BLOOMINGTON, Ind. — In the presence of one of the great living poets, Melody Cobine was undaunted as she stood to read her just-penned poem written in what U.S. Poet Laureate Juan Felipe Herrera called the 20-second explosion form.
“One day, she grew and she didn’t know what to do … her head was in the clouds … the clouds taste like salt,” the improvised poem began. Then, the end. “She got to share drinks with the stars. But the moon was an alcoholic.”
Herrera, the nation’s 21st poet laureate and the first Latino, asked Cobine about the unique and flurried writing experience.
“It was like my mind puked on the paper,” said Cobine, one of 40 Bloomington high school students who joined Herrera for a poetry-writing session Friday afternoon on stage at the Buskirk-Chumley Theater.
Others stood to read their explosion poems. Herrera focused on the last lines, encouraging the young poets to “find interesting words with edges” and at the end of a poem, “make it wild, go way out there at the end.”
“… does he care or does he drink it up like sunlight?”
“… the propaganda wall of my tie-dyed mind was awake again.”
“… apples, saffron, flowerpots, mandarin oranges.”
“Very nice words, interesting words,” he noted. “Word curiosity has a major place in poetry. I get words from old Popular Science magazines and from books about ancient things, like Chinese lattices.”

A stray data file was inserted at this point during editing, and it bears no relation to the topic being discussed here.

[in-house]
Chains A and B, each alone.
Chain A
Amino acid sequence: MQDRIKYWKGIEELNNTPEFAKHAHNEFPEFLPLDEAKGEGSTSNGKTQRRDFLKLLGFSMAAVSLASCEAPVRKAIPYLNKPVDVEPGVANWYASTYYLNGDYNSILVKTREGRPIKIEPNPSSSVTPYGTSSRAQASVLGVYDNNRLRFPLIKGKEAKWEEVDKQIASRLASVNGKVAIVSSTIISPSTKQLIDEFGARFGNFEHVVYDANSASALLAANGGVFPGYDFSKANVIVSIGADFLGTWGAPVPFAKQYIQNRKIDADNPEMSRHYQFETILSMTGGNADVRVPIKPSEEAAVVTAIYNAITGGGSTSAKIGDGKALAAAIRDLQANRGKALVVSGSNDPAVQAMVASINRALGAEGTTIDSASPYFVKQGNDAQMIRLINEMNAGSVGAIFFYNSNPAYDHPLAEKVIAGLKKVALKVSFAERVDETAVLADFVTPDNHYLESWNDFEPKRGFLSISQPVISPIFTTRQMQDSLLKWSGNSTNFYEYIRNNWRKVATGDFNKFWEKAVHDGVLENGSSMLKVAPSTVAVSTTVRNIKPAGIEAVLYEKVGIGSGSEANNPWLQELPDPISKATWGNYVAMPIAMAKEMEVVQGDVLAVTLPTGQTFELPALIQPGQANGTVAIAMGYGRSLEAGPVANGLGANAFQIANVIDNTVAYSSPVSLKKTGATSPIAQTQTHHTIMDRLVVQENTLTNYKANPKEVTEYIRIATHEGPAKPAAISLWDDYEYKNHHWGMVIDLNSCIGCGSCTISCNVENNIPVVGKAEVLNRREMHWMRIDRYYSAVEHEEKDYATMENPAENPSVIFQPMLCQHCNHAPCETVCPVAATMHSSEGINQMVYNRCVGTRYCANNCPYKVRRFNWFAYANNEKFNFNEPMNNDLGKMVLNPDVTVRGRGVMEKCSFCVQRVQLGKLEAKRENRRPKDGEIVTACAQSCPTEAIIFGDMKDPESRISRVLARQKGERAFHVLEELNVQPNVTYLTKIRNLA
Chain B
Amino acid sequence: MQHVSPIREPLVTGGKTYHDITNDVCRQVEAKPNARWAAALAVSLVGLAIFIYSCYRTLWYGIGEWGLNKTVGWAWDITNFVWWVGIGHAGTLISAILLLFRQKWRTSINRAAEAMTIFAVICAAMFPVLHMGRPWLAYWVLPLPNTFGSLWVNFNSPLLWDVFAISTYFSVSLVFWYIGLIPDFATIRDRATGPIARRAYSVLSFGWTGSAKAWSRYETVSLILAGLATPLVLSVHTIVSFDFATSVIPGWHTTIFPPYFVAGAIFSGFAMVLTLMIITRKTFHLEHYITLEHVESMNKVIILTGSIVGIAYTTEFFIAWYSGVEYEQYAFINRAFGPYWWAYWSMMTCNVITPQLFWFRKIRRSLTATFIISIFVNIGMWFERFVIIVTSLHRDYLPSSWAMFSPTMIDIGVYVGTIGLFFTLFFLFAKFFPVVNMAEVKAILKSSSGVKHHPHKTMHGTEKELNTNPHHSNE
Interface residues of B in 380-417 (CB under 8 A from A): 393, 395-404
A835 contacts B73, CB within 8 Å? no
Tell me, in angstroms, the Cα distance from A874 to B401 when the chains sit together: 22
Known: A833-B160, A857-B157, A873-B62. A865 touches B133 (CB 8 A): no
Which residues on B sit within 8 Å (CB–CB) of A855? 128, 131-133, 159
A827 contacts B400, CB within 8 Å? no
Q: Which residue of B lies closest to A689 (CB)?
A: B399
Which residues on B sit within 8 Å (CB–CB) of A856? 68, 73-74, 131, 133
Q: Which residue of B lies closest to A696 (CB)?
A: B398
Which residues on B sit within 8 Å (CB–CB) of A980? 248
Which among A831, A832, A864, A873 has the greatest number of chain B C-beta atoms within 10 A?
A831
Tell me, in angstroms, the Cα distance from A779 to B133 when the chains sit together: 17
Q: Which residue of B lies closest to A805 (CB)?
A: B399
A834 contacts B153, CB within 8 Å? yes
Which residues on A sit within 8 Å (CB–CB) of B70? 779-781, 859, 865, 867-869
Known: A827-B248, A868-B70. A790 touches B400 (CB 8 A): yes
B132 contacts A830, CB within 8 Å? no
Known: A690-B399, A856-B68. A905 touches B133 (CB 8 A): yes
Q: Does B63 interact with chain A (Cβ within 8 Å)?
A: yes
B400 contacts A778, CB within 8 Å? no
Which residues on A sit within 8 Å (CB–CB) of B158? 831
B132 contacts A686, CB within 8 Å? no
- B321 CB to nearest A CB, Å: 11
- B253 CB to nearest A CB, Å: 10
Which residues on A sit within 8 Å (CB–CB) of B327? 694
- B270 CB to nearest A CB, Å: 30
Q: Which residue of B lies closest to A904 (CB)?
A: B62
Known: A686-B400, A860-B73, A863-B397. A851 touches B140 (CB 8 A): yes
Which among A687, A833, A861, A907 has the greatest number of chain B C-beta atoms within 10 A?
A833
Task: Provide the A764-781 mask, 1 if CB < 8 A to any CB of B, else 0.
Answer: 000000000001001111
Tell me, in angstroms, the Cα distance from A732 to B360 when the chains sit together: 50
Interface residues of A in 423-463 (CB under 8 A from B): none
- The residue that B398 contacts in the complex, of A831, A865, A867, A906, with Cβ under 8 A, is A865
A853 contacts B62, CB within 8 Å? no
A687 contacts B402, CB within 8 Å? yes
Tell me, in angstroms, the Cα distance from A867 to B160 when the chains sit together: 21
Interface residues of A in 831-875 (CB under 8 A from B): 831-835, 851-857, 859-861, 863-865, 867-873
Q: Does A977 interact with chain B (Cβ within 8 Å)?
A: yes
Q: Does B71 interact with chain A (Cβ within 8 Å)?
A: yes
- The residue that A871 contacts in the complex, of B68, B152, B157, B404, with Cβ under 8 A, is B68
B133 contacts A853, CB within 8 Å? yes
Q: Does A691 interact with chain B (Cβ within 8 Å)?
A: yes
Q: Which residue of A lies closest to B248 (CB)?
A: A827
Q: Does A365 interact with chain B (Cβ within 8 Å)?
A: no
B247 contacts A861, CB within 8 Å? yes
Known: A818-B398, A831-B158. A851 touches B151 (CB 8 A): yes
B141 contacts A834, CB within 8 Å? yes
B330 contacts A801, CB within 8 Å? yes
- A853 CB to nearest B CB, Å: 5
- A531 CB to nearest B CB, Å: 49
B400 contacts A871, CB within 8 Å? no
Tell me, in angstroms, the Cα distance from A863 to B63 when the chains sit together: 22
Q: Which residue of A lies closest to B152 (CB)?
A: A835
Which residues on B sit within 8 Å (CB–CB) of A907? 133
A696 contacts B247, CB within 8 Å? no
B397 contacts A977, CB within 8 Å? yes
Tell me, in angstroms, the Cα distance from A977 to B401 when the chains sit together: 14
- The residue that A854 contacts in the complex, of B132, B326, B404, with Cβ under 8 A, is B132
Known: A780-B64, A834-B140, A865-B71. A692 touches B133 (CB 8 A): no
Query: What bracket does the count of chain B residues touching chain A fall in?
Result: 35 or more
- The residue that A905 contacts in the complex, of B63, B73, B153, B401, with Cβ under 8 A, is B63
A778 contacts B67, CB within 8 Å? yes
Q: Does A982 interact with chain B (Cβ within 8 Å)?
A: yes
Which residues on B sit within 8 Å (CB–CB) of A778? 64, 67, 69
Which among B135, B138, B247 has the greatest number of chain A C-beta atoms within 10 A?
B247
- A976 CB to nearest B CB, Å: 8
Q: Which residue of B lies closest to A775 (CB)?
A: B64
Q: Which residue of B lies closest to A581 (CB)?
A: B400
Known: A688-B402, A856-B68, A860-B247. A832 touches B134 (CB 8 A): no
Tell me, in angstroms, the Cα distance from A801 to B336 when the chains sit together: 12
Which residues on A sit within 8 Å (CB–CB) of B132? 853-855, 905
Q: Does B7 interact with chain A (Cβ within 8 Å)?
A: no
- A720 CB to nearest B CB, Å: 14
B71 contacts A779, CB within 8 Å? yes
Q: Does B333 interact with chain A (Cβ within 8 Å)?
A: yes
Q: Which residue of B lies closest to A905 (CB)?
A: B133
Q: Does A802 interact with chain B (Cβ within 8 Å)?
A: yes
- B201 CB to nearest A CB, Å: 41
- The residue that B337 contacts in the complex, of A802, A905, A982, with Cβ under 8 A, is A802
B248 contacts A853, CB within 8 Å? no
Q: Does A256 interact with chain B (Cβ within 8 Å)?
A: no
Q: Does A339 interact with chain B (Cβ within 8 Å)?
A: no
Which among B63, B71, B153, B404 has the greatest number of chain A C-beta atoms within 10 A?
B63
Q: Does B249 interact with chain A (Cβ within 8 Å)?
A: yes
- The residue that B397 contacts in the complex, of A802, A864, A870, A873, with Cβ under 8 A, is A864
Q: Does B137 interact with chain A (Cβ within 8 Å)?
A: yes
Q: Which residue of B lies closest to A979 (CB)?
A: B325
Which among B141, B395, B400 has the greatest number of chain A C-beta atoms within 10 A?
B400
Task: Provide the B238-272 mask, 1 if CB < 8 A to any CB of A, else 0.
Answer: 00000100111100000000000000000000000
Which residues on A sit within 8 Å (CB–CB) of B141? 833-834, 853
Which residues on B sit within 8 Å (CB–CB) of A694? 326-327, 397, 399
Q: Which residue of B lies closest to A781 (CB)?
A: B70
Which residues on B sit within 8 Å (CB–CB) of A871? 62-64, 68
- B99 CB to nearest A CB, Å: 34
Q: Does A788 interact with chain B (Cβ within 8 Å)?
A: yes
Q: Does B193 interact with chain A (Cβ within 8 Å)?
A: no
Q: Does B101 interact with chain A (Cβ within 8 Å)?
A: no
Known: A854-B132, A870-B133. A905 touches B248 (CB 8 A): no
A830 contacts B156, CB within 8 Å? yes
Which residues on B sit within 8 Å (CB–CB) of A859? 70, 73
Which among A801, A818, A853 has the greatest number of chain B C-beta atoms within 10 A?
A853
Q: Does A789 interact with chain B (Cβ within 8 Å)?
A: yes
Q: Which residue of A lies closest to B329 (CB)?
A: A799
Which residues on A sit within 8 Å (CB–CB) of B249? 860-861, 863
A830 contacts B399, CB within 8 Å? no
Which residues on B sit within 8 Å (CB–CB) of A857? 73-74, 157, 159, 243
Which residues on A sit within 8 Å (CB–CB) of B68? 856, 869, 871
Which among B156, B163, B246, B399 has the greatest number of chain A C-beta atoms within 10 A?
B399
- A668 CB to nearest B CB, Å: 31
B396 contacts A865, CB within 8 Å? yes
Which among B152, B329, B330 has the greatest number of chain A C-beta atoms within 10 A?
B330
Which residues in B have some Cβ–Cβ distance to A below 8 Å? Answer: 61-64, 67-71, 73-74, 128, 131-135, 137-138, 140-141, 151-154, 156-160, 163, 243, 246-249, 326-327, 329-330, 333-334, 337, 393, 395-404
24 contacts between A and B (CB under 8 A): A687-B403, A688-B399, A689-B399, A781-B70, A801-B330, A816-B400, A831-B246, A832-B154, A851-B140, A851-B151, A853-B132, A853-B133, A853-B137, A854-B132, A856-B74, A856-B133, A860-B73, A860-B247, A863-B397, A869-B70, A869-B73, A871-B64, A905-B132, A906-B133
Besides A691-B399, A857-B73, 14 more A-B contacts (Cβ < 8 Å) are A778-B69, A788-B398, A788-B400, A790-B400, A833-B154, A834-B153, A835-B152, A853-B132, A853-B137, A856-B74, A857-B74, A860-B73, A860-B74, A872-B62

He encouraged the students to write as fast as they could, even to make up words, to delve into their creative wells. Indiana University poetry students had been visiting the high school students’ classrooms for weeks in advance, getting them familiar with and comfortable composing poems of all sorts.
“Write as fast as you can, until your fingers hurt,” Herrera advised. “Then, keep on going. One more line. One more phrase. It could even be a question. Keep on, you can’t stop. Write until your hands fall off, ’til the time runs out.”
Cobine said she has an affinity for the written word, “and I think poetry is a great way to express feelings. You just have to put it out there. Keep writing.”
And she did.
And the reporter writing the article observed.
Blue, light blue, glitter blue nail polish chipped off mostly
Black ink spills out of Bic pen
Tiny letters form
On paper bright yellow as the sun
Interesting words like the poet said
Two elastic hair bands black as ink encircle her wrist above the pen
Circulation cut off?
One more minute
“Fifteen seconds!” Herrera warns. Time was running out. “Try something radical at the end.”
Source: The (Bloomington) Herald-Times, http://bit.ly/2cM6JNm
Information from: The Herald Times, http://www.heraldtimesonline.com
This is an Indiana Exchange story shared by The (Bloomington) Herald-Times.